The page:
Unlike what's commonly thought, distresses in the Arab society in Israel do not skip mixed cities. Moreover, mixed cities entail further, unique challenges. For instance, in all of mixed cities, except for Nof HaGalil, there are socio-economic gaps between the Jewish and Arab populations, with the Arab population distinctly poorer than the Jewish one. These gaps produce tension and frustration. Moreover, in the mixed cities, there is intensive contact between the populations due to their contiguity in residence, education, employment and leisure activities. In periods of tension on national grounds, this intensive contact can escalate into crisis.
On the background of the 1948 war, many assets owned by Arab residents have become "absentee properties" owned by the state. These assets are usually located in the historical parts of the mixed cities, mostly inhabited by Arab residents who live there since 1948 as protected tenants, and not as property owners, and the families are often threatened by evacuation orders. This is exacerbated by the increasing housing crisis of the Arab population in these cities and the lack of any planning regulation for some of the Arab neighborhoods in the mixed cities.
Another characteristic of the mixed cities is the segregated educational system and the lack of any policy of familiarizing Jewish and Arab populations with each other, which jointly lead to alienation and distancing between these two societies. Moreover, in some mixed cities, none of the paid deputy mayors is an Arab, whereby the Arab residents are politically underrepresented, and, as a result, their needs are often being ignored. The lack of appropriate solutions, in its turn, leads to a feeling of lack of belonging and alienation by the Arab residents towards their city of residence.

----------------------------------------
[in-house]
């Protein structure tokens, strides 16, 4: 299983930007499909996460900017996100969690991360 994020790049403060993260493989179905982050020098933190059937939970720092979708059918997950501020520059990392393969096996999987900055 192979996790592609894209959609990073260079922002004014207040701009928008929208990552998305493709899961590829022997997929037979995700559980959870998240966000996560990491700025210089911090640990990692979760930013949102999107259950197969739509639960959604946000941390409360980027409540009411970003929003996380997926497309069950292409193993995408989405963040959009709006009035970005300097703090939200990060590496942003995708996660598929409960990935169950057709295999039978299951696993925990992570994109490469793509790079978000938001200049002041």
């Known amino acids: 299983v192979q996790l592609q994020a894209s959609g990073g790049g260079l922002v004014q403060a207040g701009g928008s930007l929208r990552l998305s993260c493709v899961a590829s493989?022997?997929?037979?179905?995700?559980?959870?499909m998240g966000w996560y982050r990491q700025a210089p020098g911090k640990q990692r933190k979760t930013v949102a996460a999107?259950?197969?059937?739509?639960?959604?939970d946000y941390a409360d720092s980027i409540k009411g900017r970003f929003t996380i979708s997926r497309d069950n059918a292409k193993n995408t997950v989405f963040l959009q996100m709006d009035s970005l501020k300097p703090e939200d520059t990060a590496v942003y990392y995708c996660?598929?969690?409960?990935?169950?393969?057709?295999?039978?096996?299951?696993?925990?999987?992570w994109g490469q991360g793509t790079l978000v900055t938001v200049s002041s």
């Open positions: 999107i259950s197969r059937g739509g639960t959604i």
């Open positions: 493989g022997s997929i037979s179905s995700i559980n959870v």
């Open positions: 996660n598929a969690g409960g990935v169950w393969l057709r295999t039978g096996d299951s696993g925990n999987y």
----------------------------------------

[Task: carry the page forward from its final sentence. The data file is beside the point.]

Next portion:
And, as if all of these challenges were not enough, there's also the lack of personal security: According to a 2020 survey of personal security in mixed cities by Abraham Initiatives and the Samuel Neaman Institute at the Technion, mixed cities’ residents, both Jews and Arabs, report lower sense of personal security than their counterparts residing in Arab/Jewish localities.
Government plans with pretensions to solve some of these problems in the Arab localities skim over Arab society in the mixed cities, leaving it, for lack of satisfactory and effective municipal political representation, to fend for itself. Thus, billions of Shekels allocated as part of Government Resolution 922 for the economic development of Arab society in Israel were intended only for Arab localities and did not improve the conditions of mixed cities’ Arab residents. These feelings of detachment and despair are exploited by criminal organizations, whose hold is particularly strong in the mixed cities at the center of Israel. They get through to youth and young adults, offering them everything that seems beyond their reach – money, status, power and belonging.
Thus, from his own point of view, an Arab young adult, living in a mixed city, suffers disadvantage both in comparison to Arab women, whose chances of integration are better than his; and compared to the Jewish population in the city, which, in general, is characterized by a higher socio-economic status and a preference in municipal resources.
On this background, the May 2021 riots in the mixed cities seem less perplexing. They did not occur "out of nowhere", but were set up for decades by a discriminatory governmental policy that received a warm welcome in most of the mixed cities. The eruption during the May 2021 events took place on the combustible and fertile substrate of bored and frustrated youth, neglected by state institutions and the municipalities, who found the events as an outlet for their anger, which they ascribed to the need to counteract the steps taken under state approval in Sheikh-Jarah, Jerusalem. Even if the events were surprising in their intensity, the idleness and detachment among youths in Arab society is a long-established and well-known ticking bomb.
The dissipation of the difficult sights of May 2021 in Israel’s mixed cities might be misleading. It is important to understand the unique situation of NEET youth and relate to it as one of the underlying causes of violence and crime across the Arab society and in particular against the mixed cities socio-political background. It necessitates multi-systemic governmental plans to address the core of the phenomenon, as it will not disappear by itself. In the mixed cities, the damage is mostly felt at times of crisis, but the ground never ceases to tremble. By ignoring this population, the next explosion already lurks behind the corner.